These resources are here to help you make informed decisions.

Professional Associations

American Speech-Language-Hearing Association:

American Academy of Audiology:

Educational Audiology Association:

Pertinent Regulations

"Communication access is a key component of 504, IDEA and Title II of the Americans with Disabilities Act (ADA). A November 2014 policy guidance from the U.S. Department of Education and U.S. Department of Justice clarified that, under Title II of the ADA, schools are required to ensure that students with disabilities receive communication with others through the provision of appropriate auxiliary aids and services. In other words, they are responsible for ensuring that communication access is as effective for children with hearing loss as it is for their typically hearing peers. Hearing loss is invisible and the impact is often mistaken for a learning disorder rather than performance issues secondary to decreased access to communication. "(Karen Anderson, 2015. Journal Link).

Educational Audiology Services under IDEA: Link: EAA Advocacy Series: IDEA

Educational Audiology Services under 504: Link: EAA Advocacy Series: 504

Audiology Service Provision Guidelines in and for Schools: Link: ASHA School Working Group

Contracted Audiology Service Guidelines

Audiology services may be provided by LEAs through contractual agreements with a variety of sources, including for-profit and nonprofit private practitioners, clinics, medical facilities, university training programs, and/or public agencies. Contracts should specify the exact nature of the services to be provided, the names and credentials of the service providers, and timelines and the nature of and requirements for data collection, reporting, consultation, referral, and follow up. Contracts should also include provisions for collaborating with and providing recommendations for/to LEA-based audiologists and other appropriate LEA/SEA personnel and teams. The LEA is responsible for service coordination and seamless delivery of comprehensive audiology services to the school population. This includes not only assessment and technology recommendations, but also services that must be delivered on site (e.g., teacher consultation, direct and indirect intervention services, instruction, measurement of classroom acoustics). The LEA may contract for all audiology services or only those it does not or cannot provide directly. Equipment, supplies, and materials are typically obtained and maintained by the service provider identified in the contract. Contractual audiologists should be ASHA-certified and credentialed according to state certification and/or licensing requirements.(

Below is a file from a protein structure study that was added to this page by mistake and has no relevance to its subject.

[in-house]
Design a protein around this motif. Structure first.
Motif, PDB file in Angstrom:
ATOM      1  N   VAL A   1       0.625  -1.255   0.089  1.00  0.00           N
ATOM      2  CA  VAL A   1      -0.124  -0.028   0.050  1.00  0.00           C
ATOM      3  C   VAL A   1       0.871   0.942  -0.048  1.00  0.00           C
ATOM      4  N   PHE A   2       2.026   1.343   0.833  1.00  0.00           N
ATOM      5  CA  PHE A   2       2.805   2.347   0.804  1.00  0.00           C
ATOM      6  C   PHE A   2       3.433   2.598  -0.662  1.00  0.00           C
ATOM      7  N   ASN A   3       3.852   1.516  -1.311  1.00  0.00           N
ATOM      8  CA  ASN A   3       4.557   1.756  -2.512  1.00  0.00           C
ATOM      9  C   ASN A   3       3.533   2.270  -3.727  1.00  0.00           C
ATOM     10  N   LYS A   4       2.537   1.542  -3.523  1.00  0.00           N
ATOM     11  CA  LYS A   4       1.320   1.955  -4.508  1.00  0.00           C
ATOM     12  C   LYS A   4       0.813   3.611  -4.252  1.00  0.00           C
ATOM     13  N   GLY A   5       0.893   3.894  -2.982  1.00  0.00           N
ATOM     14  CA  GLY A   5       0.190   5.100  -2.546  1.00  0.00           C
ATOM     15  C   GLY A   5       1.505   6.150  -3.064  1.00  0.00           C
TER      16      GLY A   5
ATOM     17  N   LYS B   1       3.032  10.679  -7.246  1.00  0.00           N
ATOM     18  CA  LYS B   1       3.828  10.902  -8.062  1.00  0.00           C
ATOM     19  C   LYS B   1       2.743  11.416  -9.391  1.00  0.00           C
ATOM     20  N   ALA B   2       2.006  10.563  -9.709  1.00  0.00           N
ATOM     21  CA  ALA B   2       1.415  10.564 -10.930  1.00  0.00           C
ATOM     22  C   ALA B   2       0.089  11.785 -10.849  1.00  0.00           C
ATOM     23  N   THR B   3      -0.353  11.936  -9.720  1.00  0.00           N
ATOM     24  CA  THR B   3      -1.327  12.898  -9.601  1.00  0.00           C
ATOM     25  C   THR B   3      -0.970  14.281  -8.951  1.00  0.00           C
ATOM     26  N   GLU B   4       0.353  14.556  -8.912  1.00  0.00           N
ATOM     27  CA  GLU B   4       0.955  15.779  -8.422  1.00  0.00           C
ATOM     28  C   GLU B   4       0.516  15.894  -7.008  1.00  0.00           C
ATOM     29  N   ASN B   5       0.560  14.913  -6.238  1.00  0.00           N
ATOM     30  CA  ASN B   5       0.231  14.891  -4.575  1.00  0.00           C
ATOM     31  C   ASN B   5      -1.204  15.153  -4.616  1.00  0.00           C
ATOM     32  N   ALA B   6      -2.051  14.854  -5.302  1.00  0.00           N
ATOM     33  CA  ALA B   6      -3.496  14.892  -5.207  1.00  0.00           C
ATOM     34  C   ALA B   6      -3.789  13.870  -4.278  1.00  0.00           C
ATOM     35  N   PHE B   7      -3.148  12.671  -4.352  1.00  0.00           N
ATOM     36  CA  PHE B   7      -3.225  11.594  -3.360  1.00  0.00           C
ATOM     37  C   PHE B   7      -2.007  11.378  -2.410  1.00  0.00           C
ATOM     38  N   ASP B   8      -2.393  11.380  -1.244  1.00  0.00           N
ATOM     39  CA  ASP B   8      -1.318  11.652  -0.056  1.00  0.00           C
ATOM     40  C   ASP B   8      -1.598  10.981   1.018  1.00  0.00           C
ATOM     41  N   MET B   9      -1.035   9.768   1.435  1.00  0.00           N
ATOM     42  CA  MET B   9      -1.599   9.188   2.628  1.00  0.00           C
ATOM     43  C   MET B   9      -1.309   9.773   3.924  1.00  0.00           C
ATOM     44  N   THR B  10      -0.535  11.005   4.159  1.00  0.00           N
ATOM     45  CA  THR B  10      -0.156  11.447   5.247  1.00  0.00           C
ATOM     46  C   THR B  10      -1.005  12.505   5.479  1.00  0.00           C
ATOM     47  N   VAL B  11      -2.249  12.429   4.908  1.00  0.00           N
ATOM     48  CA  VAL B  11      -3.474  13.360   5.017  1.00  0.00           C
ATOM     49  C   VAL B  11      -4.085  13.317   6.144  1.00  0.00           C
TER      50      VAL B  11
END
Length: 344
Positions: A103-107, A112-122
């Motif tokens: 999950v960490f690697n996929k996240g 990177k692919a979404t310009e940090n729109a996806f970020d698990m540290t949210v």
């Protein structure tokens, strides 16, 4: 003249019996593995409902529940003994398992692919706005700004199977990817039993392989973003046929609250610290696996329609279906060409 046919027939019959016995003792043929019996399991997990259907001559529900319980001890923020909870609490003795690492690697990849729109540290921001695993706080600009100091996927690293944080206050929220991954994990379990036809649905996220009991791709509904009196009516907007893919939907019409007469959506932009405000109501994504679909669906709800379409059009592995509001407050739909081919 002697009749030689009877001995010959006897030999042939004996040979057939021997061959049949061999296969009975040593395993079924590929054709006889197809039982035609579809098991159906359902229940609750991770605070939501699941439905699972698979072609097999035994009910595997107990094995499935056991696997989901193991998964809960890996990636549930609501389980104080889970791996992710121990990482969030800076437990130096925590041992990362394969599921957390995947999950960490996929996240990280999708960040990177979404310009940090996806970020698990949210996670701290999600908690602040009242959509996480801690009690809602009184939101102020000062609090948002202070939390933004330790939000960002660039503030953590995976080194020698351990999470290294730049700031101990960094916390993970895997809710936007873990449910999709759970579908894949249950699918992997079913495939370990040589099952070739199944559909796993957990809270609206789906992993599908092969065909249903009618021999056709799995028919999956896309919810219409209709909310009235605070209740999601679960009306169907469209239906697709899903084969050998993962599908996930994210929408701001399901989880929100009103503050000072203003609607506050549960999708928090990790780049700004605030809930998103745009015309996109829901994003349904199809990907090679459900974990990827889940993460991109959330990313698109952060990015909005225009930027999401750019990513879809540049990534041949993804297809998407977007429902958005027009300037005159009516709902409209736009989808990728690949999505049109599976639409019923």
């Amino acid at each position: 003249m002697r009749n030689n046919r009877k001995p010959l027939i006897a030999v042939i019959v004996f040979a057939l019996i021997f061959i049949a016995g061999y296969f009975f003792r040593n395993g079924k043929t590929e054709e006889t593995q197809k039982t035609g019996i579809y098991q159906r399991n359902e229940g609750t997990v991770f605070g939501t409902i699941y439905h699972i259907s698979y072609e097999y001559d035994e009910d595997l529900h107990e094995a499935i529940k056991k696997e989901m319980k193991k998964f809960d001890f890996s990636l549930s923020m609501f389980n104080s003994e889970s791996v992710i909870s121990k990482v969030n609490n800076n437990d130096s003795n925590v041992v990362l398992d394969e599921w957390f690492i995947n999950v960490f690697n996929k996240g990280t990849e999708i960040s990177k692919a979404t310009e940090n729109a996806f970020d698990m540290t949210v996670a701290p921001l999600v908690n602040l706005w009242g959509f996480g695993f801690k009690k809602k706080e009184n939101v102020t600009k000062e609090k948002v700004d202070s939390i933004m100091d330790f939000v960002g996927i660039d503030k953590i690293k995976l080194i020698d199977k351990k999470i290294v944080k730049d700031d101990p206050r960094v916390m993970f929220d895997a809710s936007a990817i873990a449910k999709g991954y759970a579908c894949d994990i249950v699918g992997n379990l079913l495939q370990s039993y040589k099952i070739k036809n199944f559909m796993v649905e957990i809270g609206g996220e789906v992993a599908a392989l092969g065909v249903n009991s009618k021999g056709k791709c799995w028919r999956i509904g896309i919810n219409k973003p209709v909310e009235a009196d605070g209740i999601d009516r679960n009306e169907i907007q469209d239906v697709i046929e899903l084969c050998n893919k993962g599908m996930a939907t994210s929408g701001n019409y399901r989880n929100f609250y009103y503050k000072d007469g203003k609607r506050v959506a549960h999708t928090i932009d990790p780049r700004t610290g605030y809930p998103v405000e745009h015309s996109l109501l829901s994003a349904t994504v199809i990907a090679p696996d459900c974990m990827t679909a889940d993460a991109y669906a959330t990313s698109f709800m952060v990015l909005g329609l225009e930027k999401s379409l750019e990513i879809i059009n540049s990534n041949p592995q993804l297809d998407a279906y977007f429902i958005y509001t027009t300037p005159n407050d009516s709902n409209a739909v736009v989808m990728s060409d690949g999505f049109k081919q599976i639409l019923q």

Infographic: NASDSE Educational Service Guidelines for Students who are Deaf or Hard of Hearing

NASDSE infographicFINALDRAFT5-17-21.2.pdf